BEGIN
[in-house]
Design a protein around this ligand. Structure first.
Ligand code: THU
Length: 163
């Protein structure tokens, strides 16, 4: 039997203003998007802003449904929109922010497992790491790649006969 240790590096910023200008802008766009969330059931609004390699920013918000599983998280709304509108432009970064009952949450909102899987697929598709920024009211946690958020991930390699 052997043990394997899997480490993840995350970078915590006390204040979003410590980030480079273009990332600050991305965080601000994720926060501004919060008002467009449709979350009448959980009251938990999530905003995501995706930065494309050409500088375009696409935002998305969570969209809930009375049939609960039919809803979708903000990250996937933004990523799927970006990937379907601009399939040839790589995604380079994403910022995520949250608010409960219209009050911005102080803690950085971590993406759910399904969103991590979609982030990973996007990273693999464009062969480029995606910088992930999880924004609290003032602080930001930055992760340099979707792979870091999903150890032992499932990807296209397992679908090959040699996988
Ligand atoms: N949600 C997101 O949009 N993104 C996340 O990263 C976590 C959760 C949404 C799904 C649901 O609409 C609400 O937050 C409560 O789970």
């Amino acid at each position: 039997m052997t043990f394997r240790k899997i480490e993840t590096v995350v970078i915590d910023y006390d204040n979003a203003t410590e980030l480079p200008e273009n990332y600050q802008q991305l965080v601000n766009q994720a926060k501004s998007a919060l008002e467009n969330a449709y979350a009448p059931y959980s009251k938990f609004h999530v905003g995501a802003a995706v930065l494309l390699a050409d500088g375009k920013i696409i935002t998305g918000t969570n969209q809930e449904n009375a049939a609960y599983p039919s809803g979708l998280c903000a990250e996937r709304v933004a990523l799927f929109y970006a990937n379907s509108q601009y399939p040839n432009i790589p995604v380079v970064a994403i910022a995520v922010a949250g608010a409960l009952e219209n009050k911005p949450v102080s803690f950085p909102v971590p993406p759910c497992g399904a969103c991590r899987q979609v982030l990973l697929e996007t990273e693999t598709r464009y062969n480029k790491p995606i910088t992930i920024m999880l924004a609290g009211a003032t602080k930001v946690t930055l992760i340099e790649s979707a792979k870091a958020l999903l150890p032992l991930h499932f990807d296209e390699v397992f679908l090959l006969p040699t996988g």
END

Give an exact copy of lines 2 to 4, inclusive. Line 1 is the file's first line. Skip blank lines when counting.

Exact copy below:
Design a protein around this ligand. Structure first.
Ligand code: THU
Length: 163